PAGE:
Editors Note: This is an addendum to the story we ran in our January 7th issue titled, “Old Clock Newly Dedicated.”
People’s Trust clock added to the amenities downtown from 1930 to 1979. The clock on People’s Trust served as a location on Calhoun where folks could meet…and now the clock is once again part of downtown Fort Wayne.
Visitors to Fort Wayne’s downtown and especially those attending games at the new Parkview Field at Harrison Square will be able to keep track of time with a glance upward. Vic Martin, owner of the Baker Street Train Station, officially unveiled the 1930 clock from the former Peoples Trust Building The 1930-era clock has been set on top of the Baker Street Train Station. The clock has been in storage since 1973 when it was removed from the bank building.
“We are pleased that we can bring back part of Fort Wayne’s history and make it a part of the future,” said Vic Martin. “We changed our initial plans, and have chosen to re-orient the clock so that it now faces the new ballpark. We envision thousands of people being able to sit in those stands enjoying a game and looking up at the old bank clock…it’s just a nice image, and a good feeling to think of how we’re all doing what we can to energize our downtown.”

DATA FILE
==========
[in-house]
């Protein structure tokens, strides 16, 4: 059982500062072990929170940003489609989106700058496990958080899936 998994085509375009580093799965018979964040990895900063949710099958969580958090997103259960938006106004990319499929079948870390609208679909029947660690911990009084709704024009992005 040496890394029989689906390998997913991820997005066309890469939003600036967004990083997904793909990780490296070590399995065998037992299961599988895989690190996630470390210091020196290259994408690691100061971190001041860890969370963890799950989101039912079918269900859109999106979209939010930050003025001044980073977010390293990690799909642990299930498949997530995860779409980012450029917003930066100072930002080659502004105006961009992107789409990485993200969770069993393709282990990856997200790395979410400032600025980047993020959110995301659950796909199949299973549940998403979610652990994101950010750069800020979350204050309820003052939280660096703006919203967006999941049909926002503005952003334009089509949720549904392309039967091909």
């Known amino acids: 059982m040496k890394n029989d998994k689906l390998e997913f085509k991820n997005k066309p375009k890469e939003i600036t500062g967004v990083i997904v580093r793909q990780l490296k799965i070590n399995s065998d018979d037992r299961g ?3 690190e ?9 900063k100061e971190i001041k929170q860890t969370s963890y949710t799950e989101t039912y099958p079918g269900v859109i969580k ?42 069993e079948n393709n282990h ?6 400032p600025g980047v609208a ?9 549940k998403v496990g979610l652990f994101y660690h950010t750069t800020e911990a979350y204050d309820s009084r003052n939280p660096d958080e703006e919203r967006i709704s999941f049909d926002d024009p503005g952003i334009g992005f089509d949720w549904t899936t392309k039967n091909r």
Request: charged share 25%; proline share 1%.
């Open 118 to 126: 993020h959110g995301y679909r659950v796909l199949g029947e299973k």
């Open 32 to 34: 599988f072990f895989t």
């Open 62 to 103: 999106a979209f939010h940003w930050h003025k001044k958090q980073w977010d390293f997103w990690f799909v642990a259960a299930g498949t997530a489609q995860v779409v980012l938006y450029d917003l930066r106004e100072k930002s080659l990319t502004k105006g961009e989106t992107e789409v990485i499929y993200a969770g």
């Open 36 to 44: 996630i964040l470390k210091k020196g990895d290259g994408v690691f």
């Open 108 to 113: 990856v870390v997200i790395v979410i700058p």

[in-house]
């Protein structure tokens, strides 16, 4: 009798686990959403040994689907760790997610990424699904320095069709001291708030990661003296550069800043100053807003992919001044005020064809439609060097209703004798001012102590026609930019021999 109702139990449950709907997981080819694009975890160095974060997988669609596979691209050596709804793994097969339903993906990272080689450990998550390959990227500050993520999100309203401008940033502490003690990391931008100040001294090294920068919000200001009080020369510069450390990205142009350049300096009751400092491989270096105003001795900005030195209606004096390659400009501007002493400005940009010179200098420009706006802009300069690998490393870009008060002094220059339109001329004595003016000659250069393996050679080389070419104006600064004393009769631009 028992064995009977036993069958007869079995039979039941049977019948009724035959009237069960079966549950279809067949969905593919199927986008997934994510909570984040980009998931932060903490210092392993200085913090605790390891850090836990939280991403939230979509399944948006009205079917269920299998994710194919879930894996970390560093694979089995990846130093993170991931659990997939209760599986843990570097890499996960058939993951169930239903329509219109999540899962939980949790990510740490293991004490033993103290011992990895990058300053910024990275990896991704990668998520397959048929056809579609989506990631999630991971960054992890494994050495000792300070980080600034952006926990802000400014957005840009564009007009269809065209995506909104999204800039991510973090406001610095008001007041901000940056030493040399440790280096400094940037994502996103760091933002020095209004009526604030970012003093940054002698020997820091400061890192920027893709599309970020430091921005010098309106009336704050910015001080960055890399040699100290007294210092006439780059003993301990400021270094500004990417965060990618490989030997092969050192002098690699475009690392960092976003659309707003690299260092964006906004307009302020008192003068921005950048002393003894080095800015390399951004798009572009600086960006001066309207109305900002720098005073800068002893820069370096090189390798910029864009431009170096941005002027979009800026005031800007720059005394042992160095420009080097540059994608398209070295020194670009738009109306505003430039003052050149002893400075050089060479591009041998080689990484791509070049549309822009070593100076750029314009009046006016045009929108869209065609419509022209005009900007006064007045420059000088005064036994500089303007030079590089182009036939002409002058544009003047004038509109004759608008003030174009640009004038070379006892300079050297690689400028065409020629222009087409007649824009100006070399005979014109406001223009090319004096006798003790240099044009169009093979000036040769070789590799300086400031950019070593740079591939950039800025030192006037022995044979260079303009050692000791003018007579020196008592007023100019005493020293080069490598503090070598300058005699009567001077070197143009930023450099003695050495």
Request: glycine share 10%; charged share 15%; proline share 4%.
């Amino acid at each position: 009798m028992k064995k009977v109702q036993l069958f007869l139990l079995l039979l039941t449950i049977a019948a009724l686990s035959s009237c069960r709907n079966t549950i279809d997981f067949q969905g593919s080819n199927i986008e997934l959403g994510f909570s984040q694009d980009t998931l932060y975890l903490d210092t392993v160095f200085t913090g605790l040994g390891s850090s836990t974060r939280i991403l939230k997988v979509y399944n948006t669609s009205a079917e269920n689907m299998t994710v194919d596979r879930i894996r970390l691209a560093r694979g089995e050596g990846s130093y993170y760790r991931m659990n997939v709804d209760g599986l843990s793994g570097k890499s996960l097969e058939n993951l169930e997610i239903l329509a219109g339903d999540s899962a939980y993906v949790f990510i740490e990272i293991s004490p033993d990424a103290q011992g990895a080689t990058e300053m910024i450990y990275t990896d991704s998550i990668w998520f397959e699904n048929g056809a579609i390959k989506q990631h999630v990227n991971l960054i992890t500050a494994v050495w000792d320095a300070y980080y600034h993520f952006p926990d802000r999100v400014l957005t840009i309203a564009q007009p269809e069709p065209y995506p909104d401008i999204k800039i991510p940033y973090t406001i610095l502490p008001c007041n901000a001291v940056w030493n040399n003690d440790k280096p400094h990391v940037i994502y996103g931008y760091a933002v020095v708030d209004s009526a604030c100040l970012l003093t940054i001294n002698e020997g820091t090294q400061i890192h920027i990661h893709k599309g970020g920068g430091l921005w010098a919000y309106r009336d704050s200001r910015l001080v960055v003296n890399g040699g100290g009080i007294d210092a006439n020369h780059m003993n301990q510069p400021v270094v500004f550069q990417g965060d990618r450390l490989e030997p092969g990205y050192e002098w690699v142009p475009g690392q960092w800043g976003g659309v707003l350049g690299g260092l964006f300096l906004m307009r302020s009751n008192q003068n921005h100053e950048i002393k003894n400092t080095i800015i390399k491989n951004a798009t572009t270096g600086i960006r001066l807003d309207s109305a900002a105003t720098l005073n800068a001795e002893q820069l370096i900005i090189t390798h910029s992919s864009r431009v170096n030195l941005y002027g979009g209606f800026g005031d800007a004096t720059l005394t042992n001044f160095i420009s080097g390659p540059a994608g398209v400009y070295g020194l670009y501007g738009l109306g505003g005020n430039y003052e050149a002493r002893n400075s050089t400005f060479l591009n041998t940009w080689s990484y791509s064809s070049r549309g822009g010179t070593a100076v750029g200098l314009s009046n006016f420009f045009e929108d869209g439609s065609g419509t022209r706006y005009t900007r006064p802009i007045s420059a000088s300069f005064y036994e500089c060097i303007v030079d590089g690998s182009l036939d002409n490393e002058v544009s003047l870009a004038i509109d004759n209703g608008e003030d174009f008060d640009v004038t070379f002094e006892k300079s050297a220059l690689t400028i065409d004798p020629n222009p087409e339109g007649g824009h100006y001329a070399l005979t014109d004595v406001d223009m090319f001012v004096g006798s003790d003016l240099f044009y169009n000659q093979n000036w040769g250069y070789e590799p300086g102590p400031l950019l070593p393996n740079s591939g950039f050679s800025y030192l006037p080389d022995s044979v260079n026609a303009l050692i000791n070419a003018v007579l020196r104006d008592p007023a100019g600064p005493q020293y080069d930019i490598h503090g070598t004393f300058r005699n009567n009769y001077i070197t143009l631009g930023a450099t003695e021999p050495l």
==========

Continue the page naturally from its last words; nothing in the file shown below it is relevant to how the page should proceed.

Mayor Tom Henry praised Martin’s efforts and thanked the volunteers who had worked on bringing the clock back to its former glory. “This is the kind of image that stays in people’s memories,” said Mayor Henry. “Many of us recall being downtown, maybe with our parents, and seeing the big clock or hearing its chimes. I want to thank Vic and the National Association of Watch Clock Collectors for allowing us to have this opportunity, which so easily could have been lost. I am really looking forward to having my own grandchildren able to have that experience, too. It’s wonderful when we have the opportunity to bring part of the community’s history with us as we look toward an exciting new component to downtown, with the ballpark and other exciting plans underway.”
The clock is a 4’x4’x8’ copper clad McClintock, one of only a few remaining in the United States. It was salvaged from the Peoples Trust Building that previously sat where One Summit Square now stands on Calhoun Street. The clock has been painstakingly restored by Chapter 26 of the National Association of Watch Clock Collectors.
The magnificent three-dial clock was formerly attached to the exterior of the bank and overhung the sidewalk. The lower portion of the clock features a reader board that identified the Peoples Trust and Savings Company. The clock was illuminated from behind so that people could view it from all sides. The chimes rang every fifteen minutes.
Information provided by Bill Rico of Consolidated Time 2725 Lower. Huntington Rd.
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